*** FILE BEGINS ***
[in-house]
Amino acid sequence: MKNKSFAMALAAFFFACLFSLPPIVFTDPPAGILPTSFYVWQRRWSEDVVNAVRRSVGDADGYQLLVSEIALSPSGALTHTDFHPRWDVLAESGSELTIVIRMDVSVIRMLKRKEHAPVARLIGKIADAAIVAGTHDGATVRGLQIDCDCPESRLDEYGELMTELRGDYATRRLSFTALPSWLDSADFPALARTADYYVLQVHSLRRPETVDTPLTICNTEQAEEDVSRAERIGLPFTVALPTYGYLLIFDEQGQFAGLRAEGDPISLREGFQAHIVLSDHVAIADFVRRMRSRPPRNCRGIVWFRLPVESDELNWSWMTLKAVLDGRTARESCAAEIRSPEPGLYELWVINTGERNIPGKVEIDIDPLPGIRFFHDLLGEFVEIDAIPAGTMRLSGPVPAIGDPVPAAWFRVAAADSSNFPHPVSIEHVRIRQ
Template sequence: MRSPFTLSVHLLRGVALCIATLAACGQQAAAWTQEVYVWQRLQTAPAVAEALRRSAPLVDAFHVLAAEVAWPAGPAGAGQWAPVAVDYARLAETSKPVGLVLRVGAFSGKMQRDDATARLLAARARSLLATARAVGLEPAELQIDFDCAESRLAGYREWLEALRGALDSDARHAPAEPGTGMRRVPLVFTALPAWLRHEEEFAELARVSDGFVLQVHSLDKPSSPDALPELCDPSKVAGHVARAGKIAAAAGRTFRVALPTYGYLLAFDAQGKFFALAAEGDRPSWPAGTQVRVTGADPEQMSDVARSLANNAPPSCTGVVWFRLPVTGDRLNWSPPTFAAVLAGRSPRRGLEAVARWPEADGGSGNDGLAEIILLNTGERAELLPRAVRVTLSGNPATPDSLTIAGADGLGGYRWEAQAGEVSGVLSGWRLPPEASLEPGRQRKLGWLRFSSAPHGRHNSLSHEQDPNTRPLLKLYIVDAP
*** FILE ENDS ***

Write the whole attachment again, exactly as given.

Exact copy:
[in-house]
Amino acid sequence: MKNKSFAMALAAFFFACLFSLPPIVFTDPPAGILPTSFYVWQRRWSEDVVNAVRRSVGDADGYQLLVSEIALSPSGALTHTDFHPRWDVLAESGSELTIVIRMDVSVIRMLKRKEHAPVARLIGKIADAAIVAGTHDGATVRGLQIDCDCPESRLDEYGELMTELRGDYATRRLSFTALPSWLDSADFPALARTADYYVLQVHSLRRPETVDTPLTICNTEQAEEDVSRAERIGLPFTVALPTYGYLLIFDEQGQFAGLRAEGDPISLREGFQAHIVLSDHVAIADFVRRMRSRPPRNCRGIVWFRLPVESDELNWSWMTLKAVLDGRTARESCAAEIRSPEPGLYELWVINTGERNIPGKVEIDIDPLPGIRFFHDLLGEFVEIDAIPAGTMRLSGPVPAIGDPVPAAWFRVAAADSSNFPHPVSIEHVRIRQ
Template sequence: MRSPFTLSVHLLRGVALCIATLAACGQQAAAWTQEVYVWQRLQTAPAVAEALRRSAPLVDAFHVLAAEVAWPAGPAGAGQWAPVAVDYARLAETSKPVGLVLRVGAFSGKMQRDDATARLLAARARSLLATARAVGLEPAELQIDFDCAESRLAGYREWLEALRGALDSDARHAPAEPGTGMRRVPLVFTALPAWLRHEEEFAELARVSDGFVLQVHSLDKPSSPDALPELCDPSKVAGHVARAGKIAAAAGRTFRVALPTYGYLLAFDAQGKFFALAAEGDRPSWPAGTQVRVTGADPEQMSDVARSLANNAPPSCTGVVWFRLPVTGDRLNWSPPTFAAVLAGRSPRRGLEAVARWPEADGGSGNDGLAEIILLNTGERAELLPRAVRVTLSGNPATPDSLTIAGADGLGGYRWEAQAGEVSGVLSGWRLPPEASLEPGRQRKLGWLRFSSAPHGRHNSLSHEQDPNTRPLLKLYIVDAP